"muSaH'a'? HISlaH. DuSaH."
Translation:Does he care about me? Yes. He cares about you.
Once you pass the "verb prefix practice" unit, you will find nearly none of them.
One reason we use them there is to make the distinction between "you (singular)" and "you (plural)" clearer -- the clue will be in whether the answer uses "I.../...me" or "we.../...us"
This way, we can force you to use particular prefixes that you might otherwise not have used.
Once the prefixes have been (hopefully) drilled, this becomes less necessary.
(And in fact, the remainder of the course uses mostly a subset of the prefixes, especially ones where either the subject or the object is third person: much less "we ... you" or "you ... us".)
I completely get why you, the course creators, have structured the course the way you have, and I've been meaning to say, GREAT JOB, GUYS!! Yes, the verb prefixes/conjugations and related examples may feel a bit tedious now, but they're a very complicated aspect of the language which is unlike any Earth language I know of, and we NEED to be able to learn them in order to structure the simplest of sentences. And this type of sentence structure in particular helps us to learn which pronoun prefixes mirror each other. Once we get the verb prefixes down, I'm sure there will be a lot more nouns, adjectives, and other fun stuff thrown at us. There are a lot of steep learning curves in Klingon that have become apparent with each advancing lesson, and I think the course creators have done a great job of setting everything up the way you did. Satlho' !!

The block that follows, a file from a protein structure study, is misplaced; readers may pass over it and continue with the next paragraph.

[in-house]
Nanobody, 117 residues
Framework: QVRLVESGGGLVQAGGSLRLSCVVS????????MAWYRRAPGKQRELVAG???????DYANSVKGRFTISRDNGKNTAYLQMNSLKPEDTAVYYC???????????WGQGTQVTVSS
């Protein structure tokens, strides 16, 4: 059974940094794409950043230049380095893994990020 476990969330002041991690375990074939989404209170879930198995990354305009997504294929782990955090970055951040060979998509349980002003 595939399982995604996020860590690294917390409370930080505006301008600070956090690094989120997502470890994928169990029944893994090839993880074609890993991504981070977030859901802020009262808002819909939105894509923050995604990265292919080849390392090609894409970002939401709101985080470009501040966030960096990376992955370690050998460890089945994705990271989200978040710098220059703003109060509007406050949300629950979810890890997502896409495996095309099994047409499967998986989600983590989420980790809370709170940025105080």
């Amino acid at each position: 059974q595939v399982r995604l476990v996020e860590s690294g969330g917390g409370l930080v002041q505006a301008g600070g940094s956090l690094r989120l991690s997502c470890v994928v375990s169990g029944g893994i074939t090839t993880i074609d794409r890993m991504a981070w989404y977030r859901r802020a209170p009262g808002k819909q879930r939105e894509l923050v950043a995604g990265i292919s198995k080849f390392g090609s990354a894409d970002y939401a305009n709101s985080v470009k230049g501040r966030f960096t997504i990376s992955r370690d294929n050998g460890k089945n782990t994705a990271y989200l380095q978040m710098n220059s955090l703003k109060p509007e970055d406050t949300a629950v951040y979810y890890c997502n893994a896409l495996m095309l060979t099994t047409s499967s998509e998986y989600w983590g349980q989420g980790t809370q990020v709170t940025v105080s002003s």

If you as Klingon learners are in this for the long haul, I'm sure you'll be rewarded very soon. We're still in the very early stages - just keep at it!
Klingons are people too! :-) We see in Star Trek that they have families, they mate and go through a bonding ritual similar to marriage, they have children, and they howl and mourn when other Klingons die. Of course they care about each other, although they may express it differently from how humans do. I think the fact that the word SaH exists in Klingon, and the fact that it means 'to care about someone' as weĺl as 'to care (in general)' should be ample proof of that.
Yes. It is one of the "best" translations. If you tried to enter it and it was rejected, is it possible you had some other error? I see a "my answer should have been accepted" report where the s was left off of "cares". Could that be what you entered? Because "care" is also a word, but not correct in this case, the software marks it as incorrect. If that's not it, do you have a screen shot of your correct sentence showing it marked as an error?
The course generally doesn't accept they as a singular pronoun in English, not because it isn't a perfectly valid pronoun, but because to ensure people understand the difference between ghaH, chaH, and bIH. People already get confused because the last two are both they.
Yes, singular they is a perfectly valid translation of ghaH, but for the course, please just pick he or she to show that you understand that a subject is third person singular. ghaH represents any gender in the singular. For language-using beings chaH represents any combination of genders in the plural. And bIH represents any group of non-language using things, beings, and/or concepts.
Am I missing something in the sentence that states the gender
Klingon doesn't really have gender (beyond animate/inanimate for ghaH versus 'oH or for the body parts/speaking people/other distinction in the plural suffix), but there is a number distinction: DuSaH can only mean that the subject is third person singular (he, she, it). It cannot be third person plural (they) as "they care about you" would be nISaH.
muSaH could theoretically be either "he, she, it" or "they", but given that the answer uses Du-, also muSaH must logically have a subject of "he, she, it" but not "they".